Gaza, 1974: The wife of a Red Cross delegate makes attempts to combat her sense of inertia, and through her day-to-day encounters sees unlikely flowers bloom in arid landscapes.
Her name is Piper, but the word barely appears in the story. This is what her brother Sam and her husband Vivian call her, but her proper name is lost in the narration in favour of her role: ‘the wife’, or ‘the delegate’s wife’.
Piper, originally from England, moves from Switzerland to spend a year in an unknown and half-deserted country, following her husband, an ICRC delegate, on a mission to Gaza. There, ‘the wife’, struggling to fill her days and succumbing to occasional bouts of melancholy, sends postcards embellishing reports of her outings. Nevertheless, she tries to give structure to her life, to reach out to the other, to draw closer to this bewildering elsewhere. “The wife has her appointments with the sea”. She builds relationships, both fleeting and enduring. With Hadj, the asthmatic gardener who transforms their uncultivated land into a lush vegetable garden. With Mona, the Palestinian paediatrician, a bold, independent woman with whom she develops an obsession, and who could offer her a new life. With a poor child on the beach and a baby abandoned at the hospital. With so much invested in a life that only pushes her down, she finds herself thwarted existentially and in her relationships with others.
The Wife presents the juxtaposition between this woman and a country that is foreign in every way, though more welcoming than hostile, as she discovers its flavours, its creatures and its plants. The novel’s language is carefully honed: Anne-Sophie Subilia sets out to reveal the textures of everyday life, to peck at the crumbs of the unexpected found in seemingly insignificant existences. This attention to detail, to the slow pace and richness of quiet lives, is the very essence of the story: more a tale of ordinary womanhood than of an individual’s unique destiny.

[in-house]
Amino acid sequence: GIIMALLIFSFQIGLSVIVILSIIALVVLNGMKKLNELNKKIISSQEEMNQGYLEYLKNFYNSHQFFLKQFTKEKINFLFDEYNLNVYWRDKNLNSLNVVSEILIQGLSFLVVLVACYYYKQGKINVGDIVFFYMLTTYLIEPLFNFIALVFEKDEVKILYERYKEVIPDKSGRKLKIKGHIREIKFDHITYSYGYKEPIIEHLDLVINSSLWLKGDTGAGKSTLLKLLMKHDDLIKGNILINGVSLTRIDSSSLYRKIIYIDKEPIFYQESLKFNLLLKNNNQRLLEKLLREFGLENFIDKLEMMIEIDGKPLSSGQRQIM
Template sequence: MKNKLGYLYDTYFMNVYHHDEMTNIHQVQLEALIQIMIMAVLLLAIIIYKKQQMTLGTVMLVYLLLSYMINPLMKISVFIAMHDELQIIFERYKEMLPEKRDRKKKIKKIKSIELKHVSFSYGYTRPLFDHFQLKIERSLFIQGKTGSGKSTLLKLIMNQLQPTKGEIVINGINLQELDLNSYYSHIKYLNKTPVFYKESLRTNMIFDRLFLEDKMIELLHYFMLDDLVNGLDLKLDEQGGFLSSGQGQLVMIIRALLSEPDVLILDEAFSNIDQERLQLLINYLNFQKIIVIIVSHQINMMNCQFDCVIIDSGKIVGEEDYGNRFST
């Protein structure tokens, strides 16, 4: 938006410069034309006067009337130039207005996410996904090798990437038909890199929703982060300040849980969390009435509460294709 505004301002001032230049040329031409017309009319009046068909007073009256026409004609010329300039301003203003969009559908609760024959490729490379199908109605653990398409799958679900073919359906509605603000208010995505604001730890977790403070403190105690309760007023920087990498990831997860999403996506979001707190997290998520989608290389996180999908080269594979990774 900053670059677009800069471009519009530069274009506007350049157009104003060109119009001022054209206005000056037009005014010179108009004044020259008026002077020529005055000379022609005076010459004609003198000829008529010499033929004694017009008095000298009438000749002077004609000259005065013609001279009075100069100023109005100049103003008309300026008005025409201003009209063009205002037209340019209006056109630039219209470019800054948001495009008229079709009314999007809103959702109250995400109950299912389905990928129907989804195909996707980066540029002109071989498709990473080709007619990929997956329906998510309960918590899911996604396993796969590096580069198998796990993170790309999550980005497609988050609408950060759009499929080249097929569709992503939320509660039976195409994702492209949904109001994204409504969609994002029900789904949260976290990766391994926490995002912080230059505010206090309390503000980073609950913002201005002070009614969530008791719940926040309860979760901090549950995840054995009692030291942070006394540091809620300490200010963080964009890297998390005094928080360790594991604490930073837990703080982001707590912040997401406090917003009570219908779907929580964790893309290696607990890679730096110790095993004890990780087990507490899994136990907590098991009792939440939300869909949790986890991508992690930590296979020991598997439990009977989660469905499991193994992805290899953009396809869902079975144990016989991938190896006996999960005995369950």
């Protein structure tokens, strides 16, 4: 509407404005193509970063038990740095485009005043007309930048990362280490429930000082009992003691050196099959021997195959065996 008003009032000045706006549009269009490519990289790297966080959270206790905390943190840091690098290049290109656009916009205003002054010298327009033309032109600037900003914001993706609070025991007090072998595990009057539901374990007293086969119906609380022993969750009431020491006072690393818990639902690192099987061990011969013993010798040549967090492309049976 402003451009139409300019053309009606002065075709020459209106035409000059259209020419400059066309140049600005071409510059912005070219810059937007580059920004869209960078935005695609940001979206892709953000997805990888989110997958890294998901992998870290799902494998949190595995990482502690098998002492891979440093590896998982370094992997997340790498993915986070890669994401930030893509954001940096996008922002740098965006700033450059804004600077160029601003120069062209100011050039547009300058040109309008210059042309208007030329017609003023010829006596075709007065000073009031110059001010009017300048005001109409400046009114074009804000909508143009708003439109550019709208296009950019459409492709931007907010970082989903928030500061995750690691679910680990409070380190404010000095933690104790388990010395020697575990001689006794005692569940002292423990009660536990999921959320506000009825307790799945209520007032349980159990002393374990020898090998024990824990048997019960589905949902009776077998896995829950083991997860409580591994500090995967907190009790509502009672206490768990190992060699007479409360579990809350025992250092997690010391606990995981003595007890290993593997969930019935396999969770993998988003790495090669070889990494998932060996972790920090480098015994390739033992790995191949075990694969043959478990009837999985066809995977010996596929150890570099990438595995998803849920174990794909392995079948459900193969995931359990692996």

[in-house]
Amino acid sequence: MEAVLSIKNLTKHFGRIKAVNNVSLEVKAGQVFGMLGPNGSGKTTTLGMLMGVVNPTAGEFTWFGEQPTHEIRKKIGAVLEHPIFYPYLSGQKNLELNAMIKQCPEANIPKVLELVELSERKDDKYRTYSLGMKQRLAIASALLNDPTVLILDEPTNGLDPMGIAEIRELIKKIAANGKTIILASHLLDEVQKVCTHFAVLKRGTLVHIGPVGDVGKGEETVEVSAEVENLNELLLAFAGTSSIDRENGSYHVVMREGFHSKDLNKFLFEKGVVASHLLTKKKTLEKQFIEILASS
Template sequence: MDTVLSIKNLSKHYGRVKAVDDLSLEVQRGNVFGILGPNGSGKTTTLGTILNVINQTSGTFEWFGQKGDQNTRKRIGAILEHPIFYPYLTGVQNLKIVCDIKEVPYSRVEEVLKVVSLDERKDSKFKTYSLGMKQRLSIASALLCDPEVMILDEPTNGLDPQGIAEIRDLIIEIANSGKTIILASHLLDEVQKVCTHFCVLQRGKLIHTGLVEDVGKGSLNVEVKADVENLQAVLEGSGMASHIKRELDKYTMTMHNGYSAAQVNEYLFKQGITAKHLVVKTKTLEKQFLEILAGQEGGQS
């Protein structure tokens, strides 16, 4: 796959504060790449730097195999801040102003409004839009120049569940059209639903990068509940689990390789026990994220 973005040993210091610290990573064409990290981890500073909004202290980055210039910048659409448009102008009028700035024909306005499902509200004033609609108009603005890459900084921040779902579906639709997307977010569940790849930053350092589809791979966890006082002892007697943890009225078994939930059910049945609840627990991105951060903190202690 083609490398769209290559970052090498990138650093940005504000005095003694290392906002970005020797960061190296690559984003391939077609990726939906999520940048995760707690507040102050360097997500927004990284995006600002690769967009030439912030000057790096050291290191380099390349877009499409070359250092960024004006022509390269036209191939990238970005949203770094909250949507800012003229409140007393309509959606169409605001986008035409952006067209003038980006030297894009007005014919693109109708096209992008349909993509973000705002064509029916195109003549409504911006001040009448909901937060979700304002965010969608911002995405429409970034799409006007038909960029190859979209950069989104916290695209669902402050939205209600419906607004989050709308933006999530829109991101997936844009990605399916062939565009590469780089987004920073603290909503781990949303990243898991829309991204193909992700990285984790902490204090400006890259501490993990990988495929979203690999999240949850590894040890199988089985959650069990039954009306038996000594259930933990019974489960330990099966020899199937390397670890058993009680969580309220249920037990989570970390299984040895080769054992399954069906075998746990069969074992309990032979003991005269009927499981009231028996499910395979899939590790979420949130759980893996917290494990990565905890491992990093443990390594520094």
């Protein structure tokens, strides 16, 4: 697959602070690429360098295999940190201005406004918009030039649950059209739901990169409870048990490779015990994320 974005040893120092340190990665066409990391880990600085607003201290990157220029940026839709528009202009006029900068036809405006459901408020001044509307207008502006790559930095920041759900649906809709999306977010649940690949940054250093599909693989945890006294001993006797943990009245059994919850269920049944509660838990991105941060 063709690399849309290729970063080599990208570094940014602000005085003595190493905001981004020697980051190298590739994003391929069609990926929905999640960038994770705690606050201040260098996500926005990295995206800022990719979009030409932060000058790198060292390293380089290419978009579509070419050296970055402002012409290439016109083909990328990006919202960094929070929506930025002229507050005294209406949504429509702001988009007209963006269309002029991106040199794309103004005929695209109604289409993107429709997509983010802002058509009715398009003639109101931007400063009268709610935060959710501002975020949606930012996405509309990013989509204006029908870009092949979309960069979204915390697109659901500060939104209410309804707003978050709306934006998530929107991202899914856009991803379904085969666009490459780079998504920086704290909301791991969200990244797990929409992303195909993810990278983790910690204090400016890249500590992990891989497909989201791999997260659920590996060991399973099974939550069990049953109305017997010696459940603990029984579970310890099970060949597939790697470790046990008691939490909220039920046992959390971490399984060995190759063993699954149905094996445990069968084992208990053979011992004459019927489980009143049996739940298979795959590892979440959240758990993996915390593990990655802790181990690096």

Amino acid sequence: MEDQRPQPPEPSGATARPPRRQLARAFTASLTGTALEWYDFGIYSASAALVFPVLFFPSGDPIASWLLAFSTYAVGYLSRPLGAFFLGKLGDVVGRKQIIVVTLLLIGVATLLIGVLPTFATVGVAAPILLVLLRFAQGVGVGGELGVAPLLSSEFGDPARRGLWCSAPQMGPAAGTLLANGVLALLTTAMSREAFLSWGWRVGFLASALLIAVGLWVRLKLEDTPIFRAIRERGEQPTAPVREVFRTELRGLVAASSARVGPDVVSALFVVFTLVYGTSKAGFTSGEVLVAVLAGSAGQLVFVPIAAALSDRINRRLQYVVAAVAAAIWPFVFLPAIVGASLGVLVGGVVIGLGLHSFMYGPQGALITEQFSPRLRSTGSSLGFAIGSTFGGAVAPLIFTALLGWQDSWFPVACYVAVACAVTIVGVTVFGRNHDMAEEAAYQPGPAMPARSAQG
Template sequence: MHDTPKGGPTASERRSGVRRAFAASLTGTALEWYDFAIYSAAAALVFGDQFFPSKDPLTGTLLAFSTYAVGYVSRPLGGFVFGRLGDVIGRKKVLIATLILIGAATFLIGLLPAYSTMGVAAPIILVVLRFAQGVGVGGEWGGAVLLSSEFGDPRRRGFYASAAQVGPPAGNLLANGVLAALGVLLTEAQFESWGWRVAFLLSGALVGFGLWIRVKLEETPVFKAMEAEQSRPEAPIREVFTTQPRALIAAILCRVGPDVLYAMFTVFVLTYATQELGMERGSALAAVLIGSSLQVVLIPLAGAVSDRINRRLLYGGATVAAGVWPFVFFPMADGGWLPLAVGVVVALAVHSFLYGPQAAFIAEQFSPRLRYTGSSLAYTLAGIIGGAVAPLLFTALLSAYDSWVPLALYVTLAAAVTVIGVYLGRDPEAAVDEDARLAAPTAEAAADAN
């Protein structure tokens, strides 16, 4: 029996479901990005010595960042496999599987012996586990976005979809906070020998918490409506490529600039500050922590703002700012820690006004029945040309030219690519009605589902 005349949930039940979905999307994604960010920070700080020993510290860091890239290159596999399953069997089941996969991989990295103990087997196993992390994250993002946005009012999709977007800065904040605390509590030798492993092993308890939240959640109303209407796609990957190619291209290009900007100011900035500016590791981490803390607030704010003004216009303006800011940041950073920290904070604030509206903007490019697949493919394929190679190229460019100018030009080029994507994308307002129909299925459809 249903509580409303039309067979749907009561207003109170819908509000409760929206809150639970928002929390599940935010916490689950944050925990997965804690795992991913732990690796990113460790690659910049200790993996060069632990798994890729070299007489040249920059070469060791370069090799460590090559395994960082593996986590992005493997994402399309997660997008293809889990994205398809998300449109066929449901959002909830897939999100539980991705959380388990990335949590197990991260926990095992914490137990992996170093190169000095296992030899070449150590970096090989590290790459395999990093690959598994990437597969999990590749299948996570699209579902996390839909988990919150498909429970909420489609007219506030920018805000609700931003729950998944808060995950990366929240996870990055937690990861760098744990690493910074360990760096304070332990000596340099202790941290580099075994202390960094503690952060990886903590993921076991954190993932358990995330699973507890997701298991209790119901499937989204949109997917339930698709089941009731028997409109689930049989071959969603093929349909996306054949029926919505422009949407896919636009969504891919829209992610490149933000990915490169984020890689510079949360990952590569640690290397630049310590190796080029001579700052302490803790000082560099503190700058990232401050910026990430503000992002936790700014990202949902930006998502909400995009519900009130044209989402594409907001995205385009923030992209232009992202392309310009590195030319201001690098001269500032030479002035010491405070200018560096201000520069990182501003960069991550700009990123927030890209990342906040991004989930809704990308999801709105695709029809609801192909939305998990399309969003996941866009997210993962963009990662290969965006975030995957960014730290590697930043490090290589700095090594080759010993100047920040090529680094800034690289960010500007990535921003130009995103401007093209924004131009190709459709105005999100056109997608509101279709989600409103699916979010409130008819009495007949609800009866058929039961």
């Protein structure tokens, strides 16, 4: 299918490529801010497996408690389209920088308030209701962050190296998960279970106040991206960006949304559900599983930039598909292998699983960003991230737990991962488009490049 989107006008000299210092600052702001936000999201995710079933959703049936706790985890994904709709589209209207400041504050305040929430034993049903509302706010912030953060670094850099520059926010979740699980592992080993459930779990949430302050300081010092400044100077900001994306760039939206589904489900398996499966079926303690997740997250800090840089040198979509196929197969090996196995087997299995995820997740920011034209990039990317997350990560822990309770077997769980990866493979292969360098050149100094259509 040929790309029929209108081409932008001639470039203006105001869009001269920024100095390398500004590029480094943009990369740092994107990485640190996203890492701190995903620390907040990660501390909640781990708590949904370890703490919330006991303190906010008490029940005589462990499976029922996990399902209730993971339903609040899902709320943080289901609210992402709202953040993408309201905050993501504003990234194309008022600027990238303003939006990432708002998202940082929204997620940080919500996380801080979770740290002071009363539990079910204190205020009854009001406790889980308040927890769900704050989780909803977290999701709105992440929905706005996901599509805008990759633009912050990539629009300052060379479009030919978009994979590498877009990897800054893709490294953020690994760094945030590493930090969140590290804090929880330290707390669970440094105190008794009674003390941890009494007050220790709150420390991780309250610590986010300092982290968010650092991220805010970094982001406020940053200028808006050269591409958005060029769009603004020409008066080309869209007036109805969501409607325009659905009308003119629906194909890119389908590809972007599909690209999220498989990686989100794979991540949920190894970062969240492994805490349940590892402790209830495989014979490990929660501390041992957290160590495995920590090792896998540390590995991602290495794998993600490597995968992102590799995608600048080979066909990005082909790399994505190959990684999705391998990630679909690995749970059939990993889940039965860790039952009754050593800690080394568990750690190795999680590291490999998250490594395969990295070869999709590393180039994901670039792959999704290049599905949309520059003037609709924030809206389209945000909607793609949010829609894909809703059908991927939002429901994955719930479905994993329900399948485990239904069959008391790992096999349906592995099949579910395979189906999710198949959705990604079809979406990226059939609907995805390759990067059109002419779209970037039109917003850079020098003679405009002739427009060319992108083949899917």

Subilia takes her inspiration from photographic material, and the novel moves along as if turning the pages of a photo album. The plot is revealed by locations and faces: the house, the market, the coastline, tourist spots, Gaza, Saint George’s Monastery, the Dead Sea, Tel-Aviv, Jerusalem, the husband, the expat community, the gardener, the groups of children, a friendly paediatrician… The author takes care not to unsettle the reader, sketching out a possible reality without shattering its fragility. Just like the flowers that bloom at the end of the novel, astonishing the wife in her garden that has sprung up from nothing, from the tiniest speck, in the hands of a pious and patient old man.
Text by Alice Bottarelli
- Éditions Zoé
- Translation rights
- Laure Pécher, firstname.lastname@example.org
- Publication date
- August 2022
The Swiss-Belgian author Anne-Sophie Subilia lives in Lausanne (Switzerland), where she was born in 1982. She studied French literature and history at the University of Geneva. Moreover, she graduated from the Bern Academy of Arts in literary writing. She writes for joint publications, magazines, radio, as well as for the stage with the piece Hyperborée, a performance which was inspired by a navigation along the Greenlandic coasts. Poet and novelists, Subilia is the author of L’Épouse (Zoé, August 2022), abrase (Empreintes, 2021, Pro Helvetia creation grant), Neiges intérieures (Zoé, 2020), Les hôtes (Paulette éditrice, 2018), Qui-vive (Paulette éditrice, 2016), Parti voir les bêtes (Zoé, 2016), and Jours d’agrumes (L’Aire 2013), which was awarded the 2014 ADELF-AMOPA prize.
Photo: Romain Guélat